I've had an affinity for kewpies ever since I purchased my first one at yard sale when I was six years old. There's something about their cherubic little faces and plump bodies that I find irresistibly charming.
The Kewpies first appeared in the Ladies’ Home Journal in 1909 and were the creation of illustrator Rose O’Neill. Her comic-strip like features were so popular that in a short time dolls and toys and other merchandise based on her characters were being produced and sold all over the world. The time capsule at the 1939 New York World’s Fair contained a Kewpie doll. A Kewpie doll was mentioned in Anne Frank’s diary, and made an appearance in John Steinbeck’s novel, Of Mice and Men. The first Kewpie dolls were made of bisque, then of celluloid. In the 1960s and 70s, the kewpie had a resurgence of popularity, and were made of rubber and soft plastic.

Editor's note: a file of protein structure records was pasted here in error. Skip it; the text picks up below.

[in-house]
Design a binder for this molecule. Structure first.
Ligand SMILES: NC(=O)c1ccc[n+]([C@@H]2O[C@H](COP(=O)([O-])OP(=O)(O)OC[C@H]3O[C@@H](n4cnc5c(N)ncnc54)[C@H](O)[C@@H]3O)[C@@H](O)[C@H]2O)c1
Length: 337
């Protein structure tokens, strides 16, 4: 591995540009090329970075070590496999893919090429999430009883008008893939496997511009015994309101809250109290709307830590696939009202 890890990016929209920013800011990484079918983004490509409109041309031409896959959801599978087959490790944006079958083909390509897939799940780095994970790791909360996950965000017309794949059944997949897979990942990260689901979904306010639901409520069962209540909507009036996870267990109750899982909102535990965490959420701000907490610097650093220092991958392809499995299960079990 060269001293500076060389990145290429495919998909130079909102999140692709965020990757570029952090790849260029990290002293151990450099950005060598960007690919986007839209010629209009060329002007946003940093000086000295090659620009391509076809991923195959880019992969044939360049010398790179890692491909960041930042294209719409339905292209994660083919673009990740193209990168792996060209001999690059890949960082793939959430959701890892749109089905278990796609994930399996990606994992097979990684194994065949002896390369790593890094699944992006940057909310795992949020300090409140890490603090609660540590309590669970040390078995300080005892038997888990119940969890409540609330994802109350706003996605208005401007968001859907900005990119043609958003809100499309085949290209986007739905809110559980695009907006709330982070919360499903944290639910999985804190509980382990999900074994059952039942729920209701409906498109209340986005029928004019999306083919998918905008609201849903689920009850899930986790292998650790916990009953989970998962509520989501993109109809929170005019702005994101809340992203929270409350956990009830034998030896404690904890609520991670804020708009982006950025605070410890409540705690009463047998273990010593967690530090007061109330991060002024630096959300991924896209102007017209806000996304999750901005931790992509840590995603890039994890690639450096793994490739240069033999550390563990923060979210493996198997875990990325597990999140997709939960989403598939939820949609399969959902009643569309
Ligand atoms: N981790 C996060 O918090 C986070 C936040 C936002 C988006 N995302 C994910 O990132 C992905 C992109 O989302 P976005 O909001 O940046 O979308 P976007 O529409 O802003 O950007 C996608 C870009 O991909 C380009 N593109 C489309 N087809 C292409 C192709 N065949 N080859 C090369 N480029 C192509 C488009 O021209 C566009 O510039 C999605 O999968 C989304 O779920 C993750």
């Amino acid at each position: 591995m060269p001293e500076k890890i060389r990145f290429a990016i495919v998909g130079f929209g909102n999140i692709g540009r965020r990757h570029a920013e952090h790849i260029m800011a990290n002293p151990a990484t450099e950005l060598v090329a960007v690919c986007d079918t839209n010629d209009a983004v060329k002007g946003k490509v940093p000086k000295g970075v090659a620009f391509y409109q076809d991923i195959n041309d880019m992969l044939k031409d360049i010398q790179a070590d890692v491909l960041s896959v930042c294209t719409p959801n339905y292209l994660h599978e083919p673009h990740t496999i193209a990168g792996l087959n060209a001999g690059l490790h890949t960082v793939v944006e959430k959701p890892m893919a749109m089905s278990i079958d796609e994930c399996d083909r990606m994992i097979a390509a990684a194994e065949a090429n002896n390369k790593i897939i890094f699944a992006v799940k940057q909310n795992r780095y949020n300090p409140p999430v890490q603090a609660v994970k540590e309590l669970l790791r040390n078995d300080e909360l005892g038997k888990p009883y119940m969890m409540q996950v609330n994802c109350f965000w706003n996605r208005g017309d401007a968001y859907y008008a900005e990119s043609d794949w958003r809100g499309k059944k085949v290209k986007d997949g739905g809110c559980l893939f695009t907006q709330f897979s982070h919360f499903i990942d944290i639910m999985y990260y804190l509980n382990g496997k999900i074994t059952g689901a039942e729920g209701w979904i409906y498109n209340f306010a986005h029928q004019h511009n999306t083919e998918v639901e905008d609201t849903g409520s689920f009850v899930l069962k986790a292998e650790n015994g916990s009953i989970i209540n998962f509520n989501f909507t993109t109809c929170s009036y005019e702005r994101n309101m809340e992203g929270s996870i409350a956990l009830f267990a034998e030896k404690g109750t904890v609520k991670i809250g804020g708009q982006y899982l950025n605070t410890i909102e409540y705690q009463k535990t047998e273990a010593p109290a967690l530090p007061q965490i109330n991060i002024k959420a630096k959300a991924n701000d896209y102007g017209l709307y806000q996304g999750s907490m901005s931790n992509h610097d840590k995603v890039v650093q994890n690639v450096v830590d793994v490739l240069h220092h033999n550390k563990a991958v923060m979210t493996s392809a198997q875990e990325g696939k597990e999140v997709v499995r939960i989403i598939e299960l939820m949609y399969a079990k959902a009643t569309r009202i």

Here are a few images of kewpies I've put together from my collection of dolls. I've also included three darling little dollies given to me by my grandmother. What I love most about these three dolls is that they're still wearing the clothes that my grandmother lovingly hand-sewed for them when she was just a little girl.
The kewpies make adorable iron-on transfers for shirts and onesies, and the dolls are great for scrapbooking and card-making. Click the thumbnails below to download the images, royalty free (for non-commercial purposes).